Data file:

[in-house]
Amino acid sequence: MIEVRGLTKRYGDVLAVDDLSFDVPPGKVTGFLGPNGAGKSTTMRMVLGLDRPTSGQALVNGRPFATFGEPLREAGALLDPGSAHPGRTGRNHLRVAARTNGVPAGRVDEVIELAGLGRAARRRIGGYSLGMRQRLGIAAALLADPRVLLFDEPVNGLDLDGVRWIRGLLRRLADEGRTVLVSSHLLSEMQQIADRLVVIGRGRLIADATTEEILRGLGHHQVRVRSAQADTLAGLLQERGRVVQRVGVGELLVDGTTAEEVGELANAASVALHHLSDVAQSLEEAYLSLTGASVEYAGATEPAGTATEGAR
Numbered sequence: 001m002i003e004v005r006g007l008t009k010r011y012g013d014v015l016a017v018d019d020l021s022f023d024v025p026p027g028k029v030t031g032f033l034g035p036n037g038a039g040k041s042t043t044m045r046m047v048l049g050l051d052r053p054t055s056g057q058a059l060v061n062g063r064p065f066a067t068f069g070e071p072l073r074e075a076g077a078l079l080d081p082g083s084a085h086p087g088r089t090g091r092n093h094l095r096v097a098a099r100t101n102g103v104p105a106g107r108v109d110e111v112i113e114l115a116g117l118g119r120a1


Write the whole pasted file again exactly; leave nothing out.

[in-house]
Amino acid sequence: MIEVRGLTKRYGDVLAVDDLSFDVPPGKVTGFLGPNGAGKSTTMRMVLGLDRPTSGQALVNGRPFATFGEPLREAGALLDPGSAHPGRTGRNHLRVAARTNGVPAGRVDEVIELAGLGRAARRRIGGYSLGMRQRLGIAAALLADPRVLLFDEPVNGLDLDGVRWIRGLLRRLADEGRTVLVSSHLLSEMQQIADRLVVIGRGRLIADATTEEILRGLGHHQVRVRSAQADTLAGLLQERGRVVQRVGVGELLVDGTTAEEVGELANAASVALHHLSDVAQSLEEAYLSLTGASVEYAGATEPAGTATEGAR
Numbered sequence: 001m002i003e004v005r006g007l008t009k010r011y012g013d014v015l016a017v018d019d020l021s022f023d024v025p026p027g028k029v030t031g032f033l034g035p036n037g038a039g040k041s042t043t044m045r046m047v048l049g050l051d052r053p054t055s056g057q058a059l060v061n062g063r064p065f066a067t068f069g070e071p072l073r074e075a076g077a078l079l080d081p082g083s084a085h086p087g088r089t090g091r092n093h094l095r096v097a098a099r100t101n102g103v104p105a106g107r108v109d110e111v112i113e114l115a116g117l118g119r120a1